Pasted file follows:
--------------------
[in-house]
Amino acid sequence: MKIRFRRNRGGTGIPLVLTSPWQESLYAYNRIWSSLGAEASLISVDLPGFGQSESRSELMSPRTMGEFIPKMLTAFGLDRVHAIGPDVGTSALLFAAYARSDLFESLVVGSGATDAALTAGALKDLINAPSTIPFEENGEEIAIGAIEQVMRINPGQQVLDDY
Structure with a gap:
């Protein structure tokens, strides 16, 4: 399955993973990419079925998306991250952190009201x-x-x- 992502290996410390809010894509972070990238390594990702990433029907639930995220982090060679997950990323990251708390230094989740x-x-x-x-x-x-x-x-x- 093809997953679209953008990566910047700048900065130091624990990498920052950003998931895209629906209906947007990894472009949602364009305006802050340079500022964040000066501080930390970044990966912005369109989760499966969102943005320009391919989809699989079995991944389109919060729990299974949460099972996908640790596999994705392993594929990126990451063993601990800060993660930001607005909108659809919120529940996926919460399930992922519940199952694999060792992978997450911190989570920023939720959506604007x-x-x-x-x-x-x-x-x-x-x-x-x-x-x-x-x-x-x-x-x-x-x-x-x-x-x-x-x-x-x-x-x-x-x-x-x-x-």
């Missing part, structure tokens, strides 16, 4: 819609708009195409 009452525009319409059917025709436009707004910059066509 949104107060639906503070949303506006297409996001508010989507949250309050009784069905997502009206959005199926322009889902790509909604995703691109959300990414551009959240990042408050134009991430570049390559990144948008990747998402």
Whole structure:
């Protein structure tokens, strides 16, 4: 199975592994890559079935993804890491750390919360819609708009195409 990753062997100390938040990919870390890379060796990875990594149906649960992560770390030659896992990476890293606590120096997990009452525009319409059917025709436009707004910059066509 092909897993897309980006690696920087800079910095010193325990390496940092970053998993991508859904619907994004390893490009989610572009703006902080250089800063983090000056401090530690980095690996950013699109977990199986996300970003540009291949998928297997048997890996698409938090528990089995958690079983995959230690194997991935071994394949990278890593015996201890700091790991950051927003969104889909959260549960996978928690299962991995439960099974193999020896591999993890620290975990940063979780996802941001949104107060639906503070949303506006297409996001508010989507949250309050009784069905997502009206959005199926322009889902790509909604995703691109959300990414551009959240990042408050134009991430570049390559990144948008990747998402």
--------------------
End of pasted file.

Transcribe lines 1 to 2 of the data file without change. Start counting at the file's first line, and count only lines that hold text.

[in-house]
Amino acid sequence: MKIRFRRNRGGTGIPLVLTSPWQESLYAYNRIWSSLGAEASLISVDLPGFGQSESRSELMSPRTMGEFIPKMLTAFGLDRVHAIGPDVGTSALLFAAYARSDLFESLVVGSGATDAALTAGALKDLINAPSTIPFEENGEEIAIGAIEQVMRINPGQQVLDDY